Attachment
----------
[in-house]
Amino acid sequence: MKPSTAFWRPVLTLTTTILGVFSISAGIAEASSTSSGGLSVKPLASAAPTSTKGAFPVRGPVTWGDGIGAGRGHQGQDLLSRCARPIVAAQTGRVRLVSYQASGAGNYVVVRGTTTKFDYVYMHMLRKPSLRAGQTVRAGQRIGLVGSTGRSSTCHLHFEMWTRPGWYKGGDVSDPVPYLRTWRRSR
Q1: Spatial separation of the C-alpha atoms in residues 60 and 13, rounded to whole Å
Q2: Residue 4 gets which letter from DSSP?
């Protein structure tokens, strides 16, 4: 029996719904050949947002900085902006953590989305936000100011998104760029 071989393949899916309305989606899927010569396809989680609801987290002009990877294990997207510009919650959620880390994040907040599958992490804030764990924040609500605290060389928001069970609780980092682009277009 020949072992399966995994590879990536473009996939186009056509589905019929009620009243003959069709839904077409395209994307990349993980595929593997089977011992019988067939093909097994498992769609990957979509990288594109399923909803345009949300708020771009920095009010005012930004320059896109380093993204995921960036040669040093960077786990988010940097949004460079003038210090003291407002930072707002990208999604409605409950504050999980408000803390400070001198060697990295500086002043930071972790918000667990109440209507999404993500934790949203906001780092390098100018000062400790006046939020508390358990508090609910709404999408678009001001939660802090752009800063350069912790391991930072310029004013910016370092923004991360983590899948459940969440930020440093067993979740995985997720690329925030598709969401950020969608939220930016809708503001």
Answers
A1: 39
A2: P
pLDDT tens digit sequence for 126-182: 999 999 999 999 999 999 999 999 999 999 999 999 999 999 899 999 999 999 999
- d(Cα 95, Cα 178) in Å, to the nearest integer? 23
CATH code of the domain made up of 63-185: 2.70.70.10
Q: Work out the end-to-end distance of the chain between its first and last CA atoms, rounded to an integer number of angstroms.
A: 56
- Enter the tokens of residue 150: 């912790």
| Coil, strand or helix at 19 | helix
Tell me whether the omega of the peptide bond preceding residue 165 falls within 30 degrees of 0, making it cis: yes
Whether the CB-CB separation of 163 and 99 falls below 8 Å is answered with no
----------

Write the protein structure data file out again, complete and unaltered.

[in-house]
Amino acid sequence: MKPSTAFWRPVLTLTTTILGVFSISAGIAEASSTSSGGLSVKPLASAAPTSTKGAFPVRGPVTWGDGIGAGRGHQGQDLLSRCARPIVAAQTGRVRLVSYQASGAGNYVVVRGTTTKFDYVYMHMLRKPSLRAGQTVRAGQRIGLVGSTGRSSTCHLHFEMWTRPGWYKGGDVSDPVPYLRTWRRSR
Q1: Spatial separation of the C-alpha atoms in residues 60 and 13, rounded to whole Å
Q2: Residue 4 gets which letter from DSSP?
């Protein structure tokens, strides 16, 4: 029996719904050949947002900085902006953590989305936000100011998104760029 071989393949899916309305989606899927010569396809989680609801987290002009990877294990997207510009919650959620880390994040907040599958992490804030764990924040609500605290060389928001069970609780980092682009277009 020949072992399966995994590879990536473009996939186009056509589905019929009620009243003959069709839904077409395209994307990349993980595929593997089977011992019988067939093909097994498992769609990957979509990288594109399923909803345009949300708020771009920095009010005012930004320059896109380093993204995921960036040669040093960077786990988010940097949004460079003038210090003291407002930072707002990208999604409605409950504050999980408000803390400070001198060697990295500086002043930071972790918000667990109440209507999404993500934790949203906001780092390098100018000062400790006046939020508390358990508090609910709404999408678009001001939660802090752009800063350069912790391991930072310029004013910016370092923004991360983590899948459940969440930020440093067993979740995985997720690329925030598709969401950020969608939220930016809708503001």
Answers
A1: 39
A2: P
pLDDT tens digit sequence for 126-182: 999 999 999 999 999 999 999 999 999 999 999 999 999 999 899 999 999 999 999
- d(Cα 95, Cα 178) in Å, to the nearest integer? 23
CATH code of the domain made up of 63-185: 2.70.70.10
Q: Work out the end-to-end distance of the chain between its first and last CA atoms, rounded to an integer number of angstroms.
A: 56
- Enter the tokens of residue 150: 């912790």
| Coil, strand or helix at 19 | helix
Tell me whether the omega of the peptide bond preceding residue 165 falls within 30 degrees of 0, making it cis: yes
Whether the CB-CB separation of 163 and 99 falls below 8 Å is answered with no